Aug 13

Three Mets’ Storylines: On This Night Lady Luck Smiled

Jacob deGrom gave the Mets the kind of performance Saturday they desperately needed from him as they hoped to snap a four-game losing streak. For a long time it looked as if deGrom would come away with another no-decision when Jeurys Familia coughed up the lead.

However, the Mets manufactured the game-winning run in the 11th when Neil Walker scored on Wilmer Flores’ fielder’s choice grounder up the middle to give them a 3-2 victory over the San Diego Padres.

WALKER: Celebrates. (AP)

WALKER: Celebrates. (AP)

The play was set up by Walker’s hustle as he went from first-to-third on James Loney’s bloop single to left.

“That was a heads up play,” a relieved Mets manager Terry Collins said. “This was a good game for us to win.”

The Mets won it on Flores’ grounder up the middle, but instead of trying for the double play, Padres second baseman Ryan Schimpf tried for the play at the plate.

“I thought it was going to be a double play,” Collins said of his first thoughts after the ball was hit.

For a team that has played in back luck lately, this could be a sign things could turn.

DeGrom was brilliant in his effort to pick up his struggling team and took a 1-0 lead into the seventh, but Yangervis Solarte homered with two outs to tie the game.

DeGrom had to be thinking “here we go again,’’ until Kelly Johnson’s pinch-hit sacrifice fly in the bottom of the inning regained the lead for the Mets.

Addison Reed stuffed the Padres in the eighth, but Wil Myers tied the game with two outs in the ninth on a homer off Familia. It was Familia’s third blown save and the first homer he has given up this year.

The other key storylines from the game were Jose Reyes‘ return and Curtis Granderson‘s continuing struggles.

REYES RETURNS: Reyes came off the disabled list, hit leadoff, and played shortstop. He went 0-for-3 and scored on Walker’s single.

Reyes took second on a wild pitch, and on the same play advanced to third on a wild throw by catcher Christian Bethancourt. The sequence illustrated Reyes’ speed, an element the Mets have lacked.

However, later Reyes struck out with a wild swing, an element we’ve often seen from the Mets, and by him frequently in his first tenure here.

GRANDERSON’S FUNK CONTINUES: There’s no let up in Granderson’s miserable season as he went 0-for-5 with a strikeout.

Overall, he is 10-for-77 with RISP, including 2-for-39 with two outs and RISP.

Prior to the game, Collins said Granderson’s playing time might be cut once Yoenis Cespedes returns.

If things continue like this for Granderson maybe the Mets will consider benching him before.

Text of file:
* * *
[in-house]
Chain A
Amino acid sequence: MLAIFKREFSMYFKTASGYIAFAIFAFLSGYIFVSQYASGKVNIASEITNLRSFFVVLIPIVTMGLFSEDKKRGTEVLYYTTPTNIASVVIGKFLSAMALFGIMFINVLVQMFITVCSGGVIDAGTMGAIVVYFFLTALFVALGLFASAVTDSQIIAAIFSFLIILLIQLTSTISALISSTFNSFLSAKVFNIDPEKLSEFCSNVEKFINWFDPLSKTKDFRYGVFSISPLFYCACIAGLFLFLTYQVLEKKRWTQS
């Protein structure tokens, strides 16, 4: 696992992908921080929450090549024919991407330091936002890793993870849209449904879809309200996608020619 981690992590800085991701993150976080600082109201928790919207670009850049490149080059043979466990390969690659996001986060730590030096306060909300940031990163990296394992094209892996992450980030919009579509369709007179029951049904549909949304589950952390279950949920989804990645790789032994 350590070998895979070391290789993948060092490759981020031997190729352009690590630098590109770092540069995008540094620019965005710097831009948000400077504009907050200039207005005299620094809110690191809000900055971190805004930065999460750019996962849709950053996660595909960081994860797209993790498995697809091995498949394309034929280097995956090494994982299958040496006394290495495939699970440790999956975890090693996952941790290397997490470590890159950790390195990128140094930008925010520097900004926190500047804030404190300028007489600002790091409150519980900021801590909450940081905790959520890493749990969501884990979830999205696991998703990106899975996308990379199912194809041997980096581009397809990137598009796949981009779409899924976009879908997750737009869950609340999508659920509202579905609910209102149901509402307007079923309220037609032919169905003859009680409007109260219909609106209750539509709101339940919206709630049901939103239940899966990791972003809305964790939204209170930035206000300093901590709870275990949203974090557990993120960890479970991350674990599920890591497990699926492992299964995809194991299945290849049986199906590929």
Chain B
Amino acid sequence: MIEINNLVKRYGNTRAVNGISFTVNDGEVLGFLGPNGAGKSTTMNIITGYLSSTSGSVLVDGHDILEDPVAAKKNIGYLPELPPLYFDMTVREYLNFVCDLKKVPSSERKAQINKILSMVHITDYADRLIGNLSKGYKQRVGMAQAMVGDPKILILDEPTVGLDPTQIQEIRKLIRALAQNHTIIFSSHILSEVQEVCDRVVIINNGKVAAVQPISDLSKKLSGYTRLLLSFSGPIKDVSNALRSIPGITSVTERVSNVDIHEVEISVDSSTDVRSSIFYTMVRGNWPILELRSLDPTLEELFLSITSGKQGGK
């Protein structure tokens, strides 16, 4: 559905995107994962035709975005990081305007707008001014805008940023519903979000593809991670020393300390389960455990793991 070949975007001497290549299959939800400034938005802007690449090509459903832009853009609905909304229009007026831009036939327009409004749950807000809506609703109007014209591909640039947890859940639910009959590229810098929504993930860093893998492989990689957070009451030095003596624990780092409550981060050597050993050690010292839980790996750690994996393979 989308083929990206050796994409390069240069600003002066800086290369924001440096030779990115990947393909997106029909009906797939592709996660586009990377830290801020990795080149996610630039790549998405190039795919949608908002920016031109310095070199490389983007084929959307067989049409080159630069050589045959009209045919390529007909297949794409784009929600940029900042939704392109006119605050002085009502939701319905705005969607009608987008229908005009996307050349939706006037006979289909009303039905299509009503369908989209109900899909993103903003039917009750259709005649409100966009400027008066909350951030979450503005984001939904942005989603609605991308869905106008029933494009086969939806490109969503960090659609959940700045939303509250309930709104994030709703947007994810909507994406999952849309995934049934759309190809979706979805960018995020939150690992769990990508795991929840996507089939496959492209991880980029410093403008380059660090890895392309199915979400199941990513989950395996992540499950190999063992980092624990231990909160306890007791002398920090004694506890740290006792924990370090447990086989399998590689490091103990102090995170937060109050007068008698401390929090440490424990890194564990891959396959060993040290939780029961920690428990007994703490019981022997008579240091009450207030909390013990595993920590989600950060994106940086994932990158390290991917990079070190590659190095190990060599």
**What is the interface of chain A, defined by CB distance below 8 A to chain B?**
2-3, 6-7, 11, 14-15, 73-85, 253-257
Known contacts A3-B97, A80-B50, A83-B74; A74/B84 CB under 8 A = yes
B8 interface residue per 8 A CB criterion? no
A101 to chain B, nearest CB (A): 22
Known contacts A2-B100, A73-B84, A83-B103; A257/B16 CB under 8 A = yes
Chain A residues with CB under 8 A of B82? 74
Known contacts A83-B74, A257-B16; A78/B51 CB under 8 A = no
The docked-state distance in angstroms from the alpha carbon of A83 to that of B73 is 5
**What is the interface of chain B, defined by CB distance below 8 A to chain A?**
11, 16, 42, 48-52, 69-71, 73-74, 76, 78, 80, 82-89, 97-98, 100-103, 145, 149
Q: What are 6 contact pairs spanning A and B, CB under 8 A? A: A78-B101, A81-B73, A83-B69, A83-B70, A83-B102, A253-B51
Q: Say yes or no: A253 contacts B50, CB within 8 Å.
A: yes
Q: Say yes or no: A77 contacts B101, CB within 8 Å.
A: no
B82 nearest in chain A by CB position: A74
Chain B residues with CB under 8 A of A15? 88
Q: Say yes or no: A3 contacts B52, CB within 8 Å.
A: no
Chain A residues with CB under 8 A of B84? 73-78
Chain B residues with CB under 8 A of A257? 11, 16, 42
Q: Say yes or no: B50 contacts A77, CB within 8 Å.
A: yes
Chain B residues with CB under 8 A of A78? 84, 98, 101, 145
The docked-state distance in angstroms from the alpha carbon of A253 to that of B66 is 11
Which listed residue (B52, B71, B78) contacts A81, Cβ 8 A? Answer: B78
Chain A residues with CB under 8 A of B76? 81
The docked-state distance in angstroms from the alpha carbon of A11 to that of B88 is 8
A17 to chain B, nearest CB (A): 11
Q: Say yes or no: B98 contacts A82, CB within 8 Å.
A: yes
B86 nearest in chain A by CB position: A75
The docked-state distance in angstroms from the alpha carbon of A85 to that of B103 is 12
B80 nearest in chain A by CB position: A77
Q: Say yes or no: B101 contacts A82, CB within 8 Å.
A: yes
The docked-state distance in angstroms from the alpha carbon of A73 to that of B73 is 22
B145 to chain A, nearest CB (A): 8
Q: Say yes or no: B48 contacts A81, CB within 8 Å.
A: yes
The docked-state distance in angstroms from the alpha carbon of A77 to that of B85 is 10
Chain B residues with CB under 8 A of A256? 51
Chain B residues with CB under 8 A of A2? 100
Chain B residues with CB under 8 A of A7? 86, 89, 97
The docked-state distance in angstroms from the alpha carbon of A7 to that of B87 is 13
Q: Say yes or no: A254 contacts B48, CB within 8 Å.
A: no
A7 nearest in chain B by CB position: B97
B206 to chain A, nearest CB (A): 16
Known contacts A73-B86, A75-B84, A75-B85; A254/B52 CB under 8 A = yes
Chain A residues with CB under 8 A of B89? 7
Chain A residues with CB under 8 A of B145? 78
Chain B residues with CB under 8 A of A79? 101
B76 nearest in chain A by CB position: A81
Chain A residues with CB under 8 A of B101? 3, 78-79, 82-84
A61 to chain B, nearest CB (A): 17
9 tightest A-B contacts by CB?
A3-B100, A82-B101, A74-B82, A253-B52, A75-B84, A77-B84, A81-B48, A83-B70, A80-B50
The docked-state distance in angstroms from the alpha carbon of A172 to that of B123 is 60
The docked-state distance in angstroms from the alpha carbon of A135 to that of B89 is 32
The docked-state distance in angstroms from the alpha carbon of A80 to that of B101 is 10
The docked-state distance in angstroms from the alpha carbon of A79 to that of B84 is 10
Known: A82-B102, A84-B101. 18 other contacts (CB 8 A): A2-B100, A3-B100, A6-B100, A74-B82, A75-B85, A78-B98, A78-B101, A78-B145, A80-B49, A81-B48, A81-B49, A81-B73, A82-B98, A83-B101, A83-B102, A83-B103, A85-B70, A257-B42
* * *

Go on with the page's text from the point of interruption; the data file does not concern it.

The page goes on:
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Apr 22

Today In Mets’ History: Big Day For Seaver

Days don’t get much better than they did for Tom Seaver on this date in 1970.

SEAVER: Strikes out 19 Padres. (AP)

SEAVER: Strikes out 19 Padres. (AP)

Seaver was presented his 1969 Cy Young Award prior to the game and then went out and struck out 19 San Diego Padres in a 2-1 win at Shea Stadium.

The Mets took a 1-0 lead in the first on Ken Boswell’s RBI double.

Al Ferrara homered for San Diego in the second, but the Mets regained the lead, 2-1, on Bud Harrelson’s run-scoring triple.

Seaver gave up two hits and walked two to go along with the 19 strikeouts, including the last ten batters he faced.

Seaver went 18-12 that year with a league-leading 2.82 ERA. Seaver pitched 290.2 innings and lead the league 283 strikeouts. He made the NL All-Star team that season for the fourth straight year and pitched three scoreless innings.

ON DECK: Mets List: Memories From Mets-Braves

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Jan 31

Mets Matters: Five Intriguing Prospects; Ojeda Out; Minaya’s New Job

ESPN ranked the Mets’ farm system as the fourth best in baseball, and with it raised the possibility of which prospects we might see this summer at Citi Field.

This much seems clear, with the Mets vigilantly guarding their minor leaguers’ Super Two status, and barring an injury, the probability is we won’t be seeing these guys prior to June.

Here are five of the more intriguing prospects:

NOAH SYNDERGAARD: He’s the franchises’ top prospect, and with Matt Harvey on an innings watch, we will undoubtedly see him this year, perhaps prior to the All-Star break. Syndergaard averaged just under ten strikeouts per nine innings, but was an unimpressive 9-7.

KEVIN PLAWECKI: The catcher will open the season at Triple-A Las Vegas, but how long he stays there will be dependent on Travis d’Arnaud’s offensive production and if Plawecki can increase his power.

STEVEN MATZ: He split time last season between Single and Double-A, and will likely open the year at Triple-A, meaning Citi Field is possible in September. Being left-handed enhances his chances, especially if the Mets can move Jon Niese.